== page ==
Into the Donjon

“Do you remember the first time you played a fantasy RPG? I played an elf, and didn’t know anything about the system, but just imagined it all in my head. I was so amazed that I could choose to do anything I wanted to.”

— Clinton R. Nixon, Donjon

Over at Grognardia, James posted about the joys of the referee being a player. Aside from some of his asides, I completely agree. It’s great to be a part of the experience of jamming together to create a great game.

James suggests there’s nothing inherently old school about this, and I agree.1

Never Let Go

Never Let Go

Two of the games I’ve felt most like a player running were my Vampire: The Requiem series Never Let Go and my Donjon campaign Bleeding Earth.

That particular Donjon game was conceived as Vampire Hunter D vs. Nausicaa with Vancian misfits caught in the middle. The story was entirely emergent and, at the time, I thought, rather old school. There were dungeons and the crawling of them and tremendous amounts of player antics.

Donjon was the first game I ever heard the words “old school” applied to, though it lies outside the contemporary definition. The core mechanic embodies a very simple principle: every time the dice roll, something happens.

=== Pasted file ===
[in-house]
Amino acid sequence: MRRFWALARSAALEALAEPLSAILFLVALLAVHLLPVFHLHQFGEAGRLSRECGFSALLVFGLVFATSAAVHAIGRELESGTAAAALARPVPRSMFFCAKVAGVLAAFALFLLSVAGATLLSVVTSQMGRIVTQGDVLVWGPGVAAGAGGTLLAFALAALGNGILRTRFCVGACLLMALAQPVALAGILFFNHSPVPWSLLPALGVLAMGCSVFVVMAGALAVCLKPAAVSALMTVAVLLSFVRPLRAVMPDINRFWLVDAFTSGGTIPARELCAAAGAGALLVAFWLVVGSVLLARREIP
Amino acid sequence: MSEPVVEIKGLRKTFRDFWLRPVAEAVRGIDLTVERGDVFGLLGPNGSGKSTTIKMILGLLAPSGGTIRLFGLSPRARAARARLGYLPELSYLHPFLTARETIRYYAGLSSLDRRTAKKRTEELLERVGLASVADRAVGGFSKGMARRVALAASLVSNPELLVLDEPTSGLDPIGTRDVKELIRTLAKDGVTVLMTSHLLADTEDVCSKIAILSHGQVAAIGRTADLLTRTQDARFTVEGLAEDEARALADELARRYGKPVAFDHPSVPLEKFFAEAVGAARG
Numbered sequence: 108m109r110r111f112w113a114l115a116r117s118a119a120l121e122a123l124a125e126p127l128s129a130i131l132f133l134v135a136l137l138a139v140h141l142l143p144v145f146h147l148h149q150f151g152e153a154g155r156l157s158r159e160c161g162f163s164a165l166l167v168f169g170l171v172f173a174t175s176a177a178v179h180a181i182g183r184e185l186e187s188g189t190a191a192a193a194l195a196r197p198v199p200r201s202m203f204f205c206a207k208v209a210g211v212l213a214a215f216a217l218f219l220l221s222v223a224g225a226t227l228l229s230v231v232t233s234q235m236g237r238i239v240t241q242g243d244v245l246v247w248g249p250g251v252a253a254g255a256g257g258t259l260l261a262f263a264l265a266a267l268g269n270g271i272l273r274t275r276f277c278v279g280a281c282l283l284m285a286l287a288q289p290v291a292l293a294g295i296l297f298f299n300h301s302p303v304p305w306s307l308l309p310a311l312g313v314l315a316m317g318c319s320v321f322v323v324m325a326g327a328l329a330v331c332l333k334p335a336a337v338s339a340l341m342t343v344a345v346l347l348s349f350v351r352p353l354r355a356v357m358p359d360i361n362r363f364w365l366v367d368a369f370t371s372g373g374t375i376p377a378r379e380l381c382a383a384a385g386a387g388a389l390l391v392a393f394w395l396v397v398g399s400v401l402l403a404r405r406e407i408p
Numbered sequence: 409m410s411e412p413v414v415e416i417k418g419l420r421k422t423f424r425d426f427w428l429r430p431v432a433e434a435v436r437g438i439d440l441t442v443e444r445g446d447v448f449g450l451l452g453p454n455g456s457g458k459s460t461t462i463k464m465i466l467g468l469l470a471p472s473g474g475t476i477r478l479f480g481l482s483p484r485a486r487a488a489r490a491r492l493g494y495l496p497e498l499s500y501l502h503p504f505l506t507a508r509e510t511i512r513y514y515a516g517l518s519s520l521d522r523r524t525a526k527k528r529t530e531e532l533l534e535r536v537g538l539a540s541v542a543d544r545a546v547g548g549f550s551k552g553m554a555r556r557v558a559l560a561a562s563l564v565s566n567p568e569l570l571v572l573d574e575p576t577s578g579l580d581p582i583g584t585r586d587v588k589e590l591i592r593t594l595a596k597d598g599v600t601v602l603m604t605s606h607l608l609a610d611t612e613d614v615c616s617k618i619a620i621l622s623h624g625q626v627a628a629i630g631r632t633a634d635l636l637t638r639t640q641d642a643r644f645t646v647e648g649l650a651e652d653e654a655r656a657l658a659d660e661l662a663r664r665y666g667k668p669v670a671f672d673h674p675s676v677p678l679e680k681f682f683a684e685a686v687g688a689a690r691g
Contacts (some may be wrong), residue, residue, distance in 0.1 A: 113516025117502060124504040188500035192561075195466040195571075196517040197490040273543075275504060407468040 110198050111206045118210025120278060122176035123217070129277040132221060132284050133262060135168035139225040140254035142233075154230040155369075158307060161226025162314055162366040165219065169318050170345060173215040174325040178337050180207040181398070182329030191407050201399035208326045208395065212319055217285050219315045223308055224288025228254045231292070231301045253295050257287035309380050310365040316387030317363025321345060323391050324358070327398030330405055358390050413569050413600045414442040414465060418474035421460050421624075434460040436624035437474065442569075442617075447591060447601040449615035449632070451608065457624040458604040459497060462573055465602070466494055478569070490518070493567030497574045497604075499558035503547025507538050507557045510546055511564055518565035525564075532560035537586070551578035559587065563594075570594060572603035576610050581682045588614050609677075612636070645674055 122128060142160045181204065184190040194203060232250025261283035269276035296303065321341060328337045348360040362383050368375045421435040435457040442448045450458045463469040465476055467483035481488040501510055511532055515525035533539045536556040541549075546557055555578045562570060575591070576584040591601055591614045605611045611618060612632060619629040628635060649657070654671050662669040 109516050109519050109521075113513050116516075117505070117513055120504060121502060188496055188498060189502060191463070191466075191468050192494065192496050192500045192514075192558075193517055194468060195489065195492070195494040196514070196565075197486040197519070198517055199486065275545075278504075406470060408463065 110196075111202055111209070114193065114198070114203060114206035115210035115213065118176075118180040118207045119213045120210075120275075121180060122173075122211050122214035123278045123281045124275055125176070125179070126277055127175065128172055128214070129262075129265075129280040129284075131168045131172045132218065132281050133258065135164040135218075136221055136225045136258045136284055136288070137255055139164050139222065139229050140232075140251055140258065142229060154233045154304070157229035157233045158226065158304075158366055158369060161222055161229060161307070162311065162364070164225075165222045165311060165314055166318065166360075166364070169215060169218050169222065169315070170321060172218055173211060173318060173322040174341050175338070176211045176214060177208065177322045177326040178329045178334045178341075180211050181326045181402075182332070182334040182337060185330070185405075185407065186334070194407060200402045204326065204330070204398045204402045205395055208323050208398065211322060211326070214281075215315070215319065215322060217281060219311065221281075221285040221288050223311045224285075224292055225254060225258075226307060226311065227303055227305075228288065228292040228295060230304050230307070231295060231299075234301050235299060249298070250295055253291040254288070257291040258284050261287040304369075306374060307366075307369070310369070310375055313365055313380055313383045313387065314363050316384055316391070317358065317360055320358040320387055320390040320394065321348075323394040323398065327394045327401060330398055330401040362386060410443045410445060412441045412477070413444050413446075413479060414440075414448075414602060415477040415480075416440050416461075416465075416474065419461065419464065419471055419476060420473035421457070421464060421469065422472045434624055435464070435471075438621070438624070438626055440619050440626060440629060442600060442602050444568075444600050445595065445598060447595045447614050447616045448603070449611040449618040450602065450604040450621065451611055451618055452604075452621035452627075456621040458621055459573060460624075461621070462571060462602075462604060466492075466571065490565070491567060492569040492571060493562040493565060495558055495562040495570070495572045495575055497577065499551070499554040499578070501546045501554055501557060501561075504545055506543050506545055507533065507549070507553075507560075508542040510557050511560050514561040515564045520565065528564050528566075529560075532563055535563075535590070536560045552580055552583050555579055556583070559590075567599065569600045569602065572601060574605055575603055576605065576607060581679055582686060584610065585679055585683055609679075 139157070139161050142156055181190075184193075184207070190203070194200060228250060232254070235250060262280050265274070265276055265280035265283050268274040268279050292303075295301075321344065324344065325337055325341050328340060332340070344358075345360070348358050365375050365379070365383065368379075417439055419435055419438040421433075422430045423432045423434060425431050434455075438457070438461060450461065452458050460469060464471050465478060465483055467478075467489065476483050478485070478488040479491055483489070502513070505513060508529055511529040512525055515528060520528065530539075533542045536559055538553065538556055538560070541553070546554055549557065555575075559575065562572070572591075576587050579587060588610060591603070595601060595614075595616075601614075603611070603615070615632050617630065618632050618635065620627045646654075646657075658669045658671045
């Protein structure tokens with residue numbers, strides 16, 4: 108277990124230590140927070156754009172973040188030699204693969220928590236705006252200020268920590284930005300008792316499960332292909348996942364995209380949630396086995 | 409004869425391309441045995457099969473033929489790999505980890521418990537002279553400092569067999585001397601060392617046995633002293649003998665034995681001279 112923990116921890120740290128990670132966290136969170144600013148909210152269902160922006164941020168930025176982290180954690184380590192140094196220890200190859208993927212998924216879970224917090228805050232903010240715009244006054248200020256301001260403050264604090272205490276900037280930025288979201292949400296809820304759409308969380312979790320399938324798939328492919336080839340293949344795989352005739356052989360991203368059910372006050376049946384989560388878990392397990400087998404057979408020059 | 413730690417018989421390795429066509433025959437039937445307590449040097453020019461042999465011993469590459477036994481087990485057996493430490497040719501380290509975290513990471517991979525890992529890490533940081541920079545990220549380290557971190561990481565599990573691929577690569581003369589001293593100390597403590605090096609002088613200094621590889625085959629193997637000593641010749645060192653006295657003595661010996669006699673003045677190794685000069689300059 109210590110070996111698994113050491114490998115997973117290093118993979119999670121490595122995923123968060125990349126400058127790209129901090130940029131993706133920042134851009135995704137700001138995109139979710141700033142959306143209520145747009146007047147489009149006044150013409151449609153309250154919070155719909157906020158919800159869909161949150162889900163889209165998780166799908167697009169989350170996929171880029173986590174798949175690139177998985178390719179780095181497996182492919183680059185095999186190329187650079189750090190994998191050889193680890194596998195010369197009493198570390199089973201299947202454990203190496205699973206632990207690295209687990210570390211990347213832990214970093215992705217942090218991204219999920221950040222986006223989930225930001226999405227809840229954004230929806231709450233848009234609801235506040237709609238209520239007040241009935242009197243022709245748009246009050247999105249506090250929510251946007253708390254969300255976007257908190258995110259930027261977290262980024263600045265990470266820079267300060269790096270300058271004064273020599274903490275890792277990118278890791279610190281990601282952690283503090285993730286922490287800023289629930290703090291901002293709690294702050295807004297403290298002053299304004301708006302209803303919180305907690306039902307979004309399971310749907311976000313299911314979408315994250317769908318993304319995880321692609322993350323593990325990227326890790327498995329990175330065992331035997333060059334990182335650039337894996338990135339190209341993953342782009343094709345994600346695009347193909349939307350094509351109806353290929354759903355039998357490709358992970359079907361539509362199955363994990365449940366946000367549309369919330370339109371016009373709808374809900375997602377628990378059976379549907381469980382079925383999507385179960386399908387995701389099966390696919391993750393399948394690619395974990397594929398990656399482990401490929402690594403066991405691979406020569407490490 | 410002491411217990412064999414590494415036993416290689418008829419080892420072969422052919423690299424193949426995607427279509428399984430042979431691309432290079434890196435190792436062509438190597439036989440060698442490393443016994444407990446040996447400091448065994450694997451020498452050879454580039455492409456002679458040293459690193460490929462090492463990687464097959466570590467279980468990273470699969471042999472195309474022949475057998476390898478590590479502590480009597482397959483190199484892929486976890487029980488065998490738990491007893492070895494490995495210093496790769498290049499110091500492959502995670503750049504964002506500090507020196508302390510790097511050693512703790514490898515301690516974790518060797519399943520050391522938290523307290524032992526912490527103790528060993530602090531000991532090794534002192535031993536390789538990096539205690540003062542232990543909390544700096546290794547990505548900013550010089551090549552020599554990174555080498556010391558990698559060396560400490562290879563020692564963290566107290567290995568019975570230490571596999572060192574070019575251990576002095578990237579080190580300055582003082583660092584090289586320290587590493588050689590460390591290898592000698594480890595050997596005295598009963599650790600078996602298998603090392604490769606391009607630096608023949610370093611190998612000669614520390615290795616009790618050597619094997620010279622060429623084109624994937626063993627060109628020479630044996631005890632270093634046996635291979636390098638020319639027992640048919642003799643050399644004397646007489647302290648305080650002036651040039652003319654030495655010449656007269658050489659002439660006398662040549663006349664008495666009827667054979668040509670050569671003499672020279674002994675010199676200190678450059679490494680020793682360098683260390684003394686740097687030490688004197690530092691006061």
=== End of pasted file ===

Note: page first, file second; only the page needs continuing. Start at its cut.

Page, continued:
You roll a dice pool, and every success is one fact you get to add to the game. Those facts are then the referee’s do with what they choose.

Donjon

Donjon

Donjon embodies core principles of Dungeons & Dragons in ways that are elegant and surprising. For example, you create your own race or class,2 but that definition projects out into the game world. Create your vision of a dwarf, and that dwarf class now defines other dwarves in the campaign setting.

I bring up Donjon, in part, because it’s what my own fantasy heartbreakers, combined with my own GM style, always seem to evolve towards. Freewheeling, monster bashing, shared-world exploring fun. The game assumes a slightly more adversarial pose between player and GM than I like to, but it’s not hard to soften that.

And it’s arguably more sandbox3 than the sandboxiest game you’ve played, because not only do you get to crawl around in the sand, you get to build your own sandcastles.

Donjon’s home page is here. It’s a great game, one I truly love. You can also get it for free, under Creative Commons license, here.

I may post more about Donjon, and how I’d address its few flaws, over the next couple of days.

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  1. I doubt there’s a place for me in that particular revolution, which seems in large part to be a reaction against styles of play I actively engage in, even as it embraces other styles of play I actively engage in. This makes me, frankly, a little sad, since this is in so many ways an old school D&D blog.
  2. One or the other. The game uses race-classes.
  3. In tabletop games, “sandbox” means that the players set their own agenda. In MMOs, it means that they’re encouraged to throw sand at the other children.

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